Buying a Business in Pennsylvania
Purchasing a business can yield great profits in the future. However, individuals and companies hoping to buy businesses should be aware of the complications of the transaction.
Particular regulations concerning mergers, acquisitions, negotiations or securities exchanges may be implicated when you buy a business. These areas are all governed by Federal and Pennsylvania law.
What Parts of the Business Am I Buying?
If a party wants to direct business operations, the best way is to acquire a right called "control". With control of a business, the party gains all assets and the customer base of the business, plus it also assumed the company's debts. A complete picture of the financial position of the business is important for the purchaser to make his decision. This picture is acquired through a process called "due diligence". Through due diligence, federal and Pennsylvania guidelines are used to inform both parties, and there may be legal consequences for not following these guidelines properly. Following the process of due diligence dutifully is the best way to inform oneself for whether to purchase a business. Also if the business is eventually bought, transfers of ownership happen much more easily once the process is followed.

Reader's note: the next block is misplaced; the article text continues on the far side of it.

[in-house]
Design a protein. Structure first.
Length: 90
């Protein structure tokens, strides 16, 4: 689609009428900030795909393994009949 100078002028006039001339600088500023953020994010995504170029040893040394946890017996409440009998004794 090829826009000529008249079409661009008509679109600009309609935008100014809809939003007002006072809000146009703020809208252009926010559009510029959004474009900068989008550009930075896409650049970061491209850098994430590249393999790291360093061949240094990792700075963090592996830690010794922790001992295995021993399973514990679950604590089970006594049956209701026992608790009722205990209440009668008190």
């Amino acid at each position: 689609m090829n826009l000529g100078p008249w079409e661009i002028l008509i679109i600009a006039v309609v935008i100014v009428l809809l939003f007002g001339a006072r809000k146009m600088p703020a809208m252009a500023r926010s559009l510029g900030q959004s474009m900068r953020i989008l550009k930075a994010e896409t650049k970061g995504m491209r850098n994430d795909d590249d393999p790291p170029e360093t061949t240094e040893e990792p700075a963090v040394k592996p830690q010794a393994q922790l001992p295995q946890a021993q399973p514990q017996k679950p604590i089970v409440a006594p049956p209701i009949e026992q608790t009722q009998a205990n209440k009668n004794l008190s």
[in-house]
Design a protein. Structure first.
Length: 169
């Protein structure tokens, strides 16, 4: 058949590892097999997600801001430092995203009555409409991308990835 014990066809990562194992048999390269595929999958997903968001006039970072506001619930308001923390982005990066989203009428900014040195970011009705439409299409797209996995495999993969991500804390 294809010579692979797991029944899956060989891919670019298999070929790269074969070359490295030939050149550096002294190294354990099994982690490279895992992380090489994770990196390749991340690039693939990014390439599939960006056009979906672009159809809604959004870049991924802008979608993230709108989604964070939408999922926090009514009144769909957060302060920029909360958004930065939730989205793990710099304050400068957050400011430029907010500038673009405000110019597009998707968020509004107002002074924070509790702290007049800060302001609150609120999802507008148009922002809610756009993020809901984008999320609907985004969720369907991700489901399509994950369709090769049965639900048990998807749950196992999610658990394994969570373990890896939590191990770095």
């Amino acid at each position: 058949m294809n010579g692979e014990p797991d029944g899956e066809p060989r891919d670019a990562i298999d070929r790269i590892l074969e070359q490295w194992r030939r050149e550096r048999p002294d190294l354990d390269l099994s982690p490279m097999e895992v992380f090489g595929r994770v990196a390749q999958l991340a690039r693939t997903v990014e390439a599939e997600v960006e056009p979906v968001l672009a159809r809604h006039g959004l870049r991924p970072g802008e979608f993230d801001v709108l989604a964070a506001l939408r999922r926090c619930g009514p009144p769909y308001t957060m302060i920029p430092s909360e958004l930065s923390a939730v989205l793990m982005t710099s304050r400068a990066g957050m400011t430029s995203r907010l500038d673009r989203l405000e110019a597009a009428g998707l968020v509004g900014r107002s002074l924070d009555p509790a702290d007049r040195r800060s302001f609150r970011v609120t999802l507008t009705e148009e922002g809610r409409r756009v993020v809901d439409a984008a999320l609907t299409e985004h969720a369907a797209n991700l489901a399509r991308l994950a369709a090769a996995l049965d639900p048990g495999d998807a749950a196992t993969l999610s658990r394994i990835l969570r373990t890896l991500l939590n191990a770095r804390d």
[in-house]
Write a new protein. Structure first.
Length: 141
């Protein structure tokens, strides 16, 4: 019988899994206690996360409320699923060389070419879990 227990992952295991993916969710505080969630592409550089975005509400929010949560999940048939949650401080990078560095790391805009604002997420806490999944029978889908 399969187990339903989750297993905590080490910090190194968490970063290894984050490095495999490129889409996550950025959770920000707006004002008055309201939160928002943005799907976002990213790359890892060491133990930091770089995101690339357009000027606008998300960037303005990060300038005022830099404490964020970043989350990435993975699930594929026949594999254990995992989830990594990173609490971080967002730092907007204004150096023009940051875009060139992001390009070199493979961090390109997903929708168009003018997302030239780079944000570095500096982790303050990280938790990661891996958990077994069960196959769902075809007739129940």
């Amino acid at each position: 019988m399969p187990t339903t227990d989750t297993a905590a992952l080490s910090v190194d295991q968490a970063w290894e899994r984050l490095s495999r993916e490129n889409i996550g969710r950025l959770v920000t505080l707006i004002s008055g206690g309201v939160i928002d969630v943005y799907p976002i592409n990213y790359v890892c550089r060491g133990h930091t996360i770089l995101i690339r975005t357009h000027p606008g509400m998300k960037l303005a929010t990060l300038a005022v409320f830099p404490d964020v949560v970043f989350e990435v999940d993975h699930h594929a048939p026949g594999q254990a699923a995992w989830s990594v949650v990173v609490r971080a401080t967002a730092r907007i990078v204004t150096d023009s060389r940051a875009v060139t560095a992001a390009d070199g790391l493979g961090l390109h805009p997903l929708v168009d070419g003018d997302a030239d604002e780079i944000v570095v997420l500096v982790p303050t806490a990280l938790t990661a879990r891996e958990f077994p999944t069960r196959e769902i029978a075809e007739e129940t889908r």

How Much Will the Business Cost?
The cost of a business mostly depends on how much ownership stake is required for control. The value of the business property and the type of business are also important factors. There are particular laws in Pennsylvania that dictate procedure for how the right of control of a company can be transferred and modified, and these procedures may make buying the business cheaper or more expensive, depending on a variety of factors.
How Can a Bucks County Attorney Help?
Pennsylvania poses unique demands that a party purchasing a business must meet. Lawyers practicing in Bucks County are experienced in Pennsylvania law, and can find the cheapest way for you to purchase control of a business.